Wednesday, August 15, 2012

The Rich Thompson Trio: Generations

Origin Arts
By Ric Bang
Buy CD: Generations

As this album’s title suggests, trios have been a mainstay in jazz for, well,  generations. It’s a lot easier to gather simpatico musicians into a trio, than into a larger group. It’s an affordable combo; small clubs can’t foot the bill for larger groups. It also isn’t necessary to write the special arrangements required by bigger bands. 

Rich Thompson’s trio is one of the newest.

Thompson’s career began in 1980, during the period when many original big band icons had retired, or passed away, even though their bands still toured under different leaders. (Examples include Count Basie and Glenn Miller.) Thompson was a drummer with both of those units; he also played with Clark Terry and Dizzy Gillespie. Additionally, Thompson has played in the rhythm sections of numerous symphony orchestras across the country; he’s a professor at the Eastman School of Music, and is the author of several Drum Set educational volumes and videos.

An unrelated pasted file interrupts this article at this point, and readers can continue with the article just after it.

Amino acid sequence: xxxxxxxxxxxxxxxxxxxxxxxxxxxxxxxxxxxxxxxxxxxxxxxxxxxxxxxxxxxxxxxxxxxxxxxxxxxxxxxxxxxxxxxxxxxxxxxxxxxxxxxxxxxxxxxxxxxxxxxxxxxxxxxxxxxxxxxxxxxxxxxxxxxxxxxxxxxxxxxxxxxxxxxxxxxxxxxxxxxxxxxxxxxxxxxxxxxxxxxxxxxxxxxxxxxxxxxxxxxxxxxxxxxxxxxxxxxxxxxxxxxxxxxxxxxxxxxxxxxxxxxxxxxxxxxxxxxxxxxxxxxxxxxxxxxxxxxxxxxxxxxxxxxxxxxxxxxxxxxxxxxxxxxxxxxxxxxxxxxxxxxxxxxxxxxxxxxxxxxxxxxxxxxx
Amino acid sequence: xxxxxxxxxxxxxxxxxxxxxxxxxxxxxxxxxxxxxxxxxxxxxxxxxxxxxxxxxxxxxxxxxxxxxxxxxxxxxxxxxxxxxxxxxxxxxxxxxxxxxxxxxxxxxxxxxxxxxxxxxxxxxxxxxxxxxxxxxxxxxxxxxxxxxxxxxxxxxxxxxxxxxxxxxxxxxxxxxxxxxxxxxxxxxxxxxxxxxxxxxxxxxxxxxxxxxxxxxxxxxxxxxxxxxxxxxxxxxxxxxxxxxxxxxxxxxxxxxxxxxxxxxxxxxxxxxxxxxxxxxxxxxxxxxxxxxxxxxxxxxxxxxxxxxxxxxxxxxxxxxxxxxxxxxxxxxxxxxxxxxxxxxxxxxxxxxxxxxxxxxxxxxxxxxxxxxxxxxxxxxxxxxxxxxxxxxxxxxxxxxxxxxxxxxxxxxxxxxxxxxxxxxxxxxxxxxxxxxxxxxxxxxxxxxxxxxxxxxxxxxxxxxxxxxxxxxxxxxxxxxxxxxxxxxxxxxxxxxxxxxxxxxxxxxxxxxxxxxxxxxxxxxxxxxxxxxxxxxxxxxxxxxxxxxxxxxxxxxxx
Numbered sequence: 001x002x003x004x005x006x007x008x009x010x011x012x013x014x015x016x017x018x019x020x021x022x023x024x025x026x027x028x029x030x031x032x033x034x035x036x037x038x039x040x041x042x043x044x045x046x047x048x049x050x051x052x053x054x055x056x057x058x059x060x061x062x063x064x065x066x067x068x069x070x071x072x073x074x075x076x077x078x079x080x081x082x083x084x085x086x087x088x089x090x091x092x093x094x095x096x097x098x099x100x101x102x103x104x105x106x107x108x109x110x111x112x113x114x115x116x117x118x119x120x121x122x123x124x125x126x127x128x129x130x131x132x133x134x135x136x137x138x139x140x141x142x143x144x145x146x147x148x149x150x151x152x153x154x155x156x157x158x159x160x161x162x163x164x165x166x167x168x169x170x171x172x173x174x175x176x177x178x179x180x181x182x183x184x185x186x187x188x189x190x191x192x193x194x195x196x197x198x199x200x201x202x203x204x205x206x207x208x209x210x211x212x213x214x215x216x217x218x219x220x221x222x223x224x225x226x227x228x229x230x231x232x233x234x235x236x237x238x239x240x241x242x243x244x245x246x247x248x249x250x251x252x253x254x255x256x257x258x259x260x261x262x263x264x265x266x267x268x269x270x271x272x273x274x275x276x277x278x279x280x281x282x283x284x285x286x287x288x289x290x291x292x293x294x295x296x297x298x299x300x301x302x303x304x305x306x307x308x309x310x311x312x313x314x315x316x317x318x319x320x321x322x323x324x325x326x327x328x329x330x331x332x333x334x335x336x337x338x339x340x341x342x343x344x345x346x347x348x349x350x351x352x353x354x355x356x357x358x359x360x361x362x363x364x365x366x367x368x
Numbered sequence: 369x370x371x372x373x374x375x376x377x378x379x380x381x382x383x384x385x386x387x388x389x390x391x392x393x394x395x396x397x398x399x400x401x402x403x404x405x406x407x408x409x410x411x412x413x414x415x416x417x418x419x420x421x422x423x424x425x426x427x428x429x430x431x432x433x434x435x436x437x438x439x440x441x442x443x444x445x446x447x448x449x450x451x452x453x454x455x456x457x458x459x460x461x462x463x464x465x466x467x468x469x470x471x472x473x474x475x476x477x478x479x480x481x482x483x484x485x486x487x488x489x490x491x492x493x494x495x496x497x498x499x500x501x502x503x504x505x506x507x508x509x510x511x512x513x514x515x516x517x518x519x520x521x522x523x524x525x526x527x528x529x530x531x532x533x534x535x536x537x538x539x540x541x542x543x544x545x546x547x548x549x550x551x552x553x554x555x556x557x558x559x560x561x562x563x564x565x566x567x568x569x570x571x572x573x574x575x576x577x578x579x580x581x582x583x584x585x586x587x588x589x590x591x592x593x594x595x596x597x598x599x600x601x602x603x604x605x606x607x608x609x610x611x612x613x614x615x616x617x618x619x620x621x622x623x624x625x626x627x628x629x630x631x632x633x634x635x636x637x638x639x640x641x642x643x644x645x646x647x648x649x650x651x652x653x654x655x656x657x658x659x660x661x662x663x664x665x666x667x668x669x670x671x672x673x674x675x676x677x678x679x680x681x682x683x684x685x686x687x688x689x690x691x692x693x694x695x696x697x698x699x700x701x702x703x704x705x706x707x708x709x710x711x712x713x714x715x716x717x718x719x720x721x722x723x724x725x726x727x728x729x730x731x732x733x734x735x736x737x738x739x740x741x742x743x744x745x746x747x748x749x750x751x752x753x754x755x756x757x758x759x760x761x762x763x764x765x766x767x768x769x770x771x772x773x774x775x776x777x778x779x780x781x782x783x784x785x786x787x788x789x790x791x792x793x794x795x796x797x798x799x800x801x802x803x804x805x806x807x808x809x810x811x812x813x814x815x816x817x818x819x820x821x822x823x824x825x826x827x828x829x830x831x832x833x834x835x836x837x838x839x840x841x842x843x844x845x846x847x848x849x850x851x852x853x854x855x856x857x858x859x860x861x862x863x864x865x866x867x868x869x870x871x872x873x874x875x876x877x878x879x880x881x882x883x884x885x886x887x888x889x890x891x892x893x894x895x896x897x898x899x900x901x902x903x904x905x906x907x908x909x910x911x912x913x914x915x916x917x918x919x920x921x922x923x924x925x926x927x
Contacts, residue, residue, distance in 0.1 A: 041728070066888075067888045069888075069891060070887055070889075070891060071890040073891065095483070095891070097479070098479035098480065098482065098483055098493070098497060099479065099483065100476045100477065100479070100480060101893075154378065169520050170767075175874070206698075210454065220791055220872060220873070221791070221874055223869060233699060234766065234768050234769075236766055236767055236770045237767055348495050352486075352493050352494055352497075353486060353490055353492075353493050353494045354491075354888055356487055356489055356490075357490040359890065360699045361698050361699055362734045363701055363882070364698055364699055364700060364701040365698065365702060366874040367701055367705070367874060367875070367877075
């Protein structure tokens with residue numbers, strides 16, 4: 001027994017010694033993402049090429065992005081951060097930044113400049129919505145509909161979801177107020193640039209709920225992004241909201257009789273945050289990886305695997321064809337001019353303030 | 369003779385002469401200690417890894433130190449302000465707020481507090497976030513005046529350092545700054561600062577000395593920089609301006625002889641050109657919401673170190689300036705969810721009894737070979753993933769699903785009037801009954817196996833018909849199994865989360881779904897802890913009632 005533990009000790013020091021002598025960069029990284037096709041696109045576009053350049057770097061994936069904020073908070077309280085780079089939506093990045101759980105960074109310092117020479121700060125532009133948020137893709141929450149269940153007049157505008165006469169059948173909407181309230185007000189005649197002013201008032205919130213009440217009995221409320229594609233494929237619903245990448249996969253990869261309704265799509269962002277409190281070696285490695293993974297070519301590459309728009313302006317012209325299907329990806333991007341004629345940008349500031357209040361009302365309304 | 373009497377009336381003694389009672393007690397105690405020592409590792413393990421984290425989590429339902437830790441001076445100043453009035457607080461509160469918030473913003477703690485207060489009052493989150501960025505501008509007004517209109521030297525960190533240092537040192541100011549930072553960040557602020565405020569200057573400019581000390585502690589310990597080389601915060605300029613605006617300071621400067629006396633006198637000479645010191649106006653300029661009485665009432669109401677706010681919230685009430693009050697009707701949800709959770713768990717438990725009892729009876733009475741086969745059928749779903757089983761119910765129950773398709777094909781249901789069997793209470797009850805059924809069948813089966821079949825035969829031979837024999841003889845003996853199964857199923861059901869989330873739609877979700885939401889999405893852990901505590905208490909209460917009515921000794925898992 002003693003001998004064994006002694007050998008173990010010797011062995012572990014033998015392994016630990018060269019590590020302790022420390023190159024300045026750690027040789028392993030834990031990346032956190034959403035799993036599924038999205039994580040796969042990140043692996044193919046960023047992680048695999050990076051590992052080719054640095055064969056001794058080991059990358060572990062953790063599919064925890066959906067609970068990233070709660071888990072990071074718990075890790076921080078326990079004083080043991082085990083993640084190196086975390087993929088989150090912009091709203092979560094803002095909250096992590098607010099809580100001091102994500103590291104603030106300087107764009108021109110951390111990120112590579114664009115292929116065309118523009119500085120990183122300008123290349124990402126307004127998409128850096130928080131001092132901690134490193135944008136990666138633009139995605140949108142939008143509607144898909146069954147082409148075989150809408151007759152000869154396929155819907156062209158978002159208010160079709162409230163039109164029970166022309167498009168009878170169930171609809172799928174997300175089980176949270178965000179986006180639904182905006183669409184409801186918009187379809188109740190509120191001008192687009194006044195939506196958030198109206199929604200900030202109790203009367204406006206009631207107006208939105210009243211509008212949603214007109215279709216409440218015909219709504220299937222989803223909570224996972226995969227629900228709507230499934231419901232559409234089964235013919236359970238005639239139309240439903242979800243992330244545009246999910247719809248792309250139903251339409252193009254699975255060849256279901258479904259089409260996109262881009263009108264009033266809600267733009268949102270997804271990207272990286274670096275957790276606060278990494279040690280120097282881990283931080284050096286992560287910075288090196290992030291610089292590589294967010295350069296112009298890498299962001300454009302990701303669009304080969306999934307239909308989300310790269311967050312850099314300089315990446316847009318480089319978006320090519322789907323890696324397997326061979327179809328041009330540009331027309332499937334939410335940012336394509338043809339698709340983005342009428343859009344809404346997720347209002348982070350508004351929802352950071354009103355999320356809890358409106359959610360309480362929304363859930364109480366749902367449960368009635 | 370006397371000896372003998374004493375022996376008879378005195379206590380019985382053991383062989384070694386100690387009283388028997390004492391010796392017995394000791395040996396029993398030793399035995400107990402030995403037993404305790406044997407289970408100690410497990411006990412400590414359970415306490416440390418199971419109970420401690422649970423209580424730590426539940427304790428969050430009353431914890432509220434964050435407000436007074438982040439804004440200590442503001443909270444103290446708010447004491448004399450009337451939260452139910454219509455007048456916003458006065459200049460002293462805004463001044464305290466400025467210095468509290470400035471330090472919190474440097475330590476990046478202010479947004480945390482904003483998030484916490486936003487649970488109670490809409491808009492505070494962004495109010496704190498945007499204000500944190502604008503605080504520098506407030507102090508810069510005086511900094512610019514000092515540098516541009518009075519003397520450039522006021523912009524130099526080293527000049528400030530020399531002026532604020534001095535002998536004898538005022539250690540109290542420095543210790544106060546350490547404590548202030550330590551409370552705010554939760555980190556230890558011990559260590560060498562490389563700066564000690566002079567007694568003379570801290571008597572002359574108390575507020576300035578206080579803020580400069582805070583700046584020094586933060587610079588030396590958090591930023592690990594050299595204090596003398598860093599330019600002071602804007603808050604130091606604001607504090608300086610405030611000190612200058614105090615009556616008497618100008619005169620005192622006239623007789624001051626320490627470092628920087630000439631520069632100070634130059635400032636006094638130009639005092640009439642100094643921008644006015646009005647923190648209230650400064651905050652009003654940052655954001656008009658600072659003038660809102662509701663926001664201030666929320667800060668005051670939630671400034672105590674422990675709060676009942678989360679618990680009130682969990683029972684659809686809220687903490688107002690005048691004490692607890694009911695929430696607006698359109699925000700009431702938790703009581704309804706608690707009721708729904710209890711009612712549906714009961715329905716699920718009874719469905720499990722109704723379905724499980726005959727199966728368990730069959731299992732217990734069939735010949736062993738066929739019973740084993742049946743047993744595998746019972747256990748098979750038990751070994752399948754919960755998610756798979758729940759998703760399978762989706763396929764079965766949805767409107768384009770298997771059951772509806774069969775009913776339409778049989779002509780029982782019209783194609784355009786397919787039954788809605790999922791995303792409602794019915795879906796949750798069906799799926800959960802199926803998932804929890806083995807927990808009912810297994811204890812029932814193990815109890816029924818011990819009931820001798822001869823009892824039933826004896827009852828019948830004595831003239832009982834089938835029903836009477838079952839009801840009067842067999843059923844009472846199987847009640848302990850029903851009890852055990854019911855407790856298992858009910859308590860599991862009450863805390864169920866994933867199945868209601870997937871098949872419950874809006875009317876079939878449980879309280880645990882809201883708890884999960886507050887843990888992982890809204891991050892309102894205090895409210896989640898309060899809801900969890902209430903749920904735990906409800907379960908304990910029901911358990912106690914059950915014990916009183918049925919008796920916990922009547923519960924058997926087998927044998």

Pianist Chris Ziemba, also associated with the Eastman School, is relatively unknown outside of the educational field, despite his considerable exposure within that circle. Bassist Miles Brown, another Eastman associate, is — like Thompson — conversant in both the jazz and classical genres. 

On one track (“I’m in Love with the Girl Next Door”), Thompson added Doug Stone on tenor sax; he has played with numerous names, including an extended tour with Maynard Ferguson’s Big Bop Nouveau.

This album is a mix of originals from Thompson and Brown, along with some great old jazz standards (“I Hear a Rhapsody,” “Keep Me in Mind” and “I Thought About You”). The trio’s version of that latter Jimmy Van Heusen tune is superb; you won’t be able to keep your fingers or feet still.

Thompson, Brown and Ziemba make an excellent rhythm section, and the primary factor is Thompson’s drum work. He’s more tasteful than most who play drums, and he really grooves; that inspires the bass and piano. 

These guys have a real future as a unit, if they decide to go for it.

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